This is a discussion on my friends beta is really pale within the Tropical Fish Diseases forums, part of the Freshwater Fish and Aquariums category; -->
She changed tanks and food. She cleans the tanks every week. I just feel bad for the poor guy and wish I could help. ...
She changed tanks and food. She cleans the tanks every week. I just feel bad for the poor guy and wish I could help. She did just change tanks last night. She had some lil office cubical tank in there but then she went to a normal glass tank. any suggestions?
What is the size of her tank? How much water does she change? I hope she did not mean to strip down the whole tank over and over again as the bacteria will fail to break down the ammonia and stressing her betta repeatedly. Pls try to provide more info for us to understand the whole situation.:)
well she changes all the water every week. I take it that is wrong. I will tell her that. She owns like 4 of them, and they all have 2 gallon tanks. I really don't know much about this so it's hard to give detail, now I know how other people feel when they come into a computer forum and I have to help them.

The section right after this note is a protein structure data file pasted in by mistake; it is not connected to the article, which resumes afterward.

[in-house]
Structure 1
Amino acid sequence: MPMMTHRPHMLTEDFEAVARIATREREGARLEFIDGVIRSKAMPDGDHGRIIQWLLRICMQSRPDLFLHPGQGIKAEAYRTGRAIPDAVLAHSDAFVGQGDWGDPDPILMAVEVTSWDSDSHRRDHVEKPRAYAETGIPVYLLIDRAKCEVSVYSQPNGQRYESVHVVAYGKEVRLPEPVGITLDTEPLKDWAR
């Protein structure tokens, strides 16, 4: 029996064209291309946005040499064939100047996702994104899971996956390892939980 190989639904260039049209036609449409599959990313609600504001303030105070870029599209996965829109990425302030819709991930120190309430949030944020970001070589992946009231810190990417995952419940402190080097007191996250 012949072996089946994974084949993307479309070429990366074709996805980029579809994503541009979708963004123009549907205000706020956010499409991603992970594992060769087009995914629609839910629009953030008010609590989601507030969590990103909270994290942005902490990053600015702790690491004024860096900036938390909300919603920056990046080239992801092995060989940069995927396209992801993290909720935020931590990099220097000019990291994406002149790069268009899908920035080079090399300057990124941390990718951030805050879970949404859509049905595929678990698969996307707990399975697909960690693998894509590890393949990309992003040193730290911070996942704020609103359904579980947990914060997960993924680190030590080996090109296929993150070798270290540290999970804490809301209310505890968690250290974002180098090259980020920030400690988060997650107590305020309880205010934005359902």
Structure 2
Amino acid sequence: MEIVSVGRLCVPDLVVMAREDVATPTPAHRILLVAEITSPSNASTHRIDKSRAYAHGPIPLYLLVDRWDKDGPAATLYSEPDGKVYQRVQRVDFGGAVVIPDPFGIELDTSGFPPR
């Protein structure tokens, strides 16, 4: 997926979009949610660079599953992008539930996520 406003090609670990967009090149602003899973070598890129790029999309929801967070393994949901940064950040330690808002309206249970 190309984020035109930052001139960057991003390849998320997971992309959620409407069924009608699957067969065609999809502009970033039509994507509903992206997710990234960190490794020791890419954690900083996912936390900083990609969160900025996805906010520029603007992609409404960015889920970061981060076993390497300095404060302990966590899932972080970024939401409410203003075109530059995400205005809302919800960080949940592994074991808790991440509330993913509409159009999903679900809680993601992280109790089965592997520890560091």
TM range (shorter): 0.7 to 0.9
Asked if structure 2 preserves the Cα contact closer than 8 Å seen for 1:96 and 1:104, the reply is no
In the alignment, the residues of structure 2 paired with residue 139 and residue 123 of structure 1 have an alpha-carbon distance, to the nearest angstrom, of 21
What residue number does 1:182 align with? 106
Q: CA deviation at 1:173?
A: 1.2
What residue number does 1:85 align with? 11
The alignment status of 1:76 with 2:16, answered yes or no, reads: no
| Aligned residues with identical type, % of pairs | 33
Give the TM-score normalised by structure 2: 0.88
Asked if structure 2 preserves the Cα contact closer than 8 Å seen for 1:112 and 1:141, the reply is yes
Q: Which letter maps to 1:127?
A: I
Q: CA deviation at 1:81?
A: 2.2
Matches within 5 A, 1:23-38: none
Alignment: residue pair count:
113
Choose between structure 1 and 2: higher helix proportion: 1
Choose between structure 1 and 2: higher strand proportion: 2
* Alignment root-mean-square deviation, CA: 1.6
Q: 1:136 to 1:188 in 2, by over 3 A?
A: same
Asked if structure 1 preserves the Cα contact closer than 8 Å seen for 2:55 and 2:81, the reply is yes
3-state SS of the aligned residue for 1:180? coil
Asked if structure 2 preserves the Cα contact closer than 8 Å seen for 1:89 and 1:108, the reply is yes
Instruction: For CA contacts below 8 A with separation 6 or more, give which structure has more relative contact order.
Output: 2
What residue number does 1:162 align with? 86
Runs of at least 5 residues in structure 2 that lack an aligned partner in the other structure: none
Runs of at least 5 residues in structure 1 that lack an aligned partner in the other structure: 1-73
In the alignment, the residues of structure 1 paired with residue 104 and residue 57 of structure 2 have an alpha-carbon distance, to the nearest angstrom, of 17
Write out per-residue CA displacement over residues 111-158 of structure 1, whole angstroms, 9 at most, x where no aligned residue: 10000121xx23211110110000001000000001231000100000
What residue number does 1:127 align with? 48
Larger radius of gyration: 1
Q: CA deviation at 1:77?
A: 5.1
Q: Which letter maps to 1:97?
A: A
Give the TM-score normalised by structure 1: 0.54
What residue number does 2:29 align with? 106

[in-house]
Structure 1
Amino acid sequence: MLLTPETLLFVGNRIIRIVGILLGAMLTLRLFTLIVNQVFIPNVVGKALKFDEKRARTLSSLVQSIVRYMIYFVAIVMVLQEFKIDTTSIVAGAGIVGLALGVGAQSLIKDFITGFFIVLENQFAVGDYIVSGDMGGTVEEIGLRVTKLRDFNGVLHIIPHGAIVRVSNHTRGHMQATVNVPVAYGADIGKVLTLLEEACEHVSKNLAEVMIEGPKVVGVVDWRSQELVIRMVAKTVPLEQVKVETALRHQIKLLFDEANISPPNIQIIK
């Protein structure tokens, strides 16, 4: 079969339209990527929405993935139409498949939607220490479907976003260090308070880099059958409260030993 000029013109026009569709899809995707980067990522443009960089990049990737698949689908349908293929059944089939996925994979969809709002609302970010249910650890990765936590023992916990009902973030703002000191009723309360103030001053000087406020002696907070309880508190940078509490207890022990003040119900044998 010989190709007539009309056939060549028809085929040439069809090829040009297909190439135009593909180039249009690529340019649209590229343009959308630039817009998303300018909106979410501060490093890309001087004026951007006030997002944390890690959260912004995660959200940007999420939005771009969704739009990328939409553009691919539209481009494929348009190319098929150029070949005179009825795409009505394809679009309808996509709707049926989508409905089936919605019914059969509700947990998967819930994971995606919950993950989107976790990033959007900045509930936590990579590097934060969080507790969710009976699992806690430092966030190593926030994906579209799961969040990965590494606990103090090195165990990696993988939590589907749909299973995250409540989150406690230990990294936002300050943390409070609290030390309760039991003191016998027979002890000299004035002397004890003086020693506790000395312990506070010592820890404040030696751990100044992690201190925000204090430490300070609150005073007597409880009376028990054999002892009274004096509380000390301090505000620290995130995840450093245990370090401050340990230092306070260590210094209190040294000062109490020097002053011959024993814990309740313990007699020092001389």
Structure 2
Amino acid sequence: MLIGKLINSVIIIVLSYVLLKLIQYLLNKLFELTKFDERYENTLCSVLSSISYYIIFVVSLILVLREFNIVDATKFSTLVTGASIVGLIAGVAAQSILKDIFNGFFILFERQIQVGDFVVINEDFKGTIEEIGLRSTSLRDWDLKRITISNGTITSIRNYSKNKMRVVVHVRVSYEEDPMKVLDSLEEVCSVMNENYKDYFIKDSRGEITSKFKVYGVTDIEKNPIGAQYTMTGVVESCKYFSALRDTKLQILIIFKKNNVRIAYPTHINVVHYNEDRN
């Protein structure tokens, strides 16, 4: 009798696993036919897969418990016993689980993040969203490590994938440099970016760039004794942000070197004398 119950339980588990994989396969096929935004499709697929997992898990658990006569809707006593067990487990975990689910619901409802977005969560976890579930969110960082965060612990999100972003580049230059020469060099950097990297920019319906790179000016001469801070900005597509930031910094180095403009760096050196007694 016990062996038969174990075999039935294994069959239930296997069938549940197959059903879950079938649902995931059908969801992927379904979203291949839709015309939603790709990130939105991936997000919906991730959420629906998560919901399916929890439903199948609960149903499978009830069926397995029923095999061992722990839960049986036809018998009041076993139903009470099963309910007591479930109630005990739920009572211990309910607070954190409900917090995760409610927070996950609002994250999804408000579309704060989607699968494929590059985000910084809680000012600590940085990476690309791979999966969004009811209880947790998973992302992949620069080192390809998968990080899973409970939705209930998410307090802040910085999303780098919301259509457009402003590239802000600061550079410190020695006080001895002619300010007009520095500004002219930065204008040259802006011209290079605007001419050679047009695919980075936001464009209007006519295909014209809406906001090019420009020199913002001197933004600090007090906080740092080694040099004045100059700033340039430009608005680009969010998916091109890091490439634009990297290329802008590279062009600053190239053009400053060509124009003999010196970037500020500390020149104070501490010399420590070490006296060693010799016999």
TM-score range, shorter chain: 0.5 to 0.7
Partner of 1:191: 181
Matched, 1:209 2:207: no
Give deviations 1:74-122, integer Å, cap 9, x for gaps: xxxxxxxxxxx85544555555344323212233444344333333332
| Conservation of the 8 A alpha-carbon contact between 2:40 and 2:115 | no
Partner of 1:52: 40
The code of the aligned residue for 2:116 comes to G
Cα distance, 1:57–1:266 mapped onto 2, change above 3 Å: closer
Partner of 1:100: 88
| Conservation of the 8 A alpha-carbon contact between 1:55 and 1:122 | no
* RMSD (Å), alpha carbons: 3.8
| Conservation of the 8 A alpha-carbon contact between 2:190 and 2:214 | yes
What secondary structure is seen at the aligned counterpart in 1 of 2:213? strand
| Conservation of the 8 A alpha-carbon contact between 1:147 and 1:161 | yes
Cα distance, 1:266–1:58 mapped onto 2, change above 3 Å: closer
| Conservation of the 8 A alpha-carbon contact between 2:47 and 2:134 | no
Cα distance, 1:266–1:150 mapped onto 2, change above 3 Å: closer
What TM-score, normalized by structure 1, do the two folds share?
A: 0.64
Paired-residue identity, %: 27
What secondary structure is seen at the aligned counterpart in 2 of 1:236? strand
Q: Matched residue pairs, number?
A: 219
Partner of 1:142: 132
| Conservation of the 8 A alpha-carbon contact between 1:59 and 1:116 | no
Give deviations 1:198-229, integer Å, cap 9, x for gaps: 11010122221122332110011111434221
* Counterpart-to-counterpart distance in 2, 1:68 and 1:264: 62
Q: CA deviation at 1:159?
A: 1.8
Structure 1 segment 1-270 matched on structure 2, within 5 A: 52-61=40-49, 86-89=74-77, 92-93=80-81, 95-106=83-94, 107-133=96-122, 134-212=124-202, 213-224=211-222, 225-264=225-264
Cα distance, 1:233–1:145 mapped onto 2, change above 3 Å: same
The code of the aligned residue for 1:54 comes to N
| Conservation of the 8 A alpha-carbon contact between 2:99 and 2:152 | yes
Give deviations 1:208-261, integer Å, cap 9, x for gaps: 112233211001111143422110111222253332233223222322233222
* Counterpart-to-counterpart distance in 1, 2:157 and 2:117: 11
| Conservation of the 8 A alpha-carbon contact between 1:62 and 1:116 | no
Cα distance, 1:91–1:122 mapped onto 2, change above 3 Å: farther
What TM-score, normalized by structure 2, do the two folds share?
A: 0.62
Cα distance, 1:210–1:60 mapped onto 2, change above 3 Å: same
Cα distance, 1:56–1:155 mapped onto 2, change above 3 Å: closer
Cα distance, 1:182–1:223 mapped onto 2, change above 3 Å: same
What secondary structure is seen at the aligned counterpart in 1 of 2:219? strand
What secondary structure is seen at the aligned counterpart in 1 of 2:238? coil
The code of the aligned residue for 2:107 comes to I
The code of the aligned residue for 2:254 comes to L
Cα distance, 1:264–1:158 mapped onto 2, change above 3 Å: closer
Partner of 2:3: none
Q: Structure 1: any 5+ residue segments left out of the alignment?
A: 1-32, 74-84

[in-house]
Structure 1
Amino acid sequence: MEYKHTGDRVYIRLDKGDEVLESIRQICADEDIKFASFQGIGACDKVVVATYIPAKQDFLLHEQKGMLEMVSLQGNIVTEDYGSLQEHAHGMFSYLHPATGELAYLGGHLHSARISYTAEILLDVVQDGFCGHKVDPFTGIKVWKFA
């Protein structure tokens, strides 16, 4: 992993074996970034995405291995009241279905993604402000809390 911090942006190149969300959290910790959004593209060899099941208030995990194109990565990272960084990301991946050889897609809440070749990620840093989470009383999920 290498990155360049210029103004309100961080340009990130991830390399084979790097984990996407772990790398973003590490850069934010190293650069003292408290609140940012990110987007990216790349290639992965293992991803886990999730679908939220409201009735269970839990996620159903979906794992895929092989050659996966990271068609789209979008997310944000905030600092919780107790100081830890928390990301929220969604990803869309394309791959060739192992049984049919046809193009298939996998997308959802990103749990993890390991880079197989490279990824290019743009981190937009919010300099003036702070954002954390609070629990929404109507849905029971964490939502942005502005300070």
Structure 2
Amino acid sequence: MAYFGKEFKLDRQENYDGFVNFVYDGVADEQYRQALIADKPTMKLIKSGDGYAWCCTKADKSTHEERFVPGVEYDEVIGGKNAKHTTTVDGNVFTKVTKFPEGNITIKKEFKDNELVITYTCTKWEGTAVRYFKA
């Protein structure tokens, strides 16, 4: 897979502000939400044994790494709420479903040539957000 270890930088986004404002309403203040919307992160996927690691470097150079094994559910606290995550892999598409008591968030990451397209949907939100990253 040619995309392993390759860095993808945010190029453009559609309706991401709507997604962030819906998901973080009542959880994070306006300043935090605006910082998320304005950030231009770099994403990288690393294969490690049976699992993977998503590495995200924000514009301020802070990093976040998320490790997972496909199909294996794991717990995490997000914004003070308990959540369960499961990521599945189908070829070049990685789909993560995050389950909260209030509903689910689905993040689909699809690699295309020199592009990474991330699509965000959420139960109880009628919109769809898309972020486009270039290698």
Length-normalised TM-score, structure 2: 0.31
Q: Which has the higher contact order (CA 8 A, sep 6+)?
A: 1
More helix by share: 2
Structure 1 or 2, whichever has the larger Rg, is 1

That's the same as stripping down the tank unfortunately. Tell her to do a 10-20% water change instead and dose with dechlorinator the new water before adding it to the tank. Monitor the ammonia and nitrites and make sure they are zero. As for nitrates, don't allow it to exceed beyond 40 but don't accept the reading of zero either as this means the tank did not cycle at all. Her tanks I assume will be in cycling phase and at this rate, any detectable ammonia and nitrites will endanger the bettas' lives.
Also, I know you probably can't do anything about it, but Bettas prefer tanks larger than 5 Gallons. Although they can live in small tanks, the more space, the better. :)
Shr can buy test kits at her local fish shop, for ammonia, nitrite and nitrate, as Blue said. Even minimal traces of ammonia or nitrite is poisonous. :)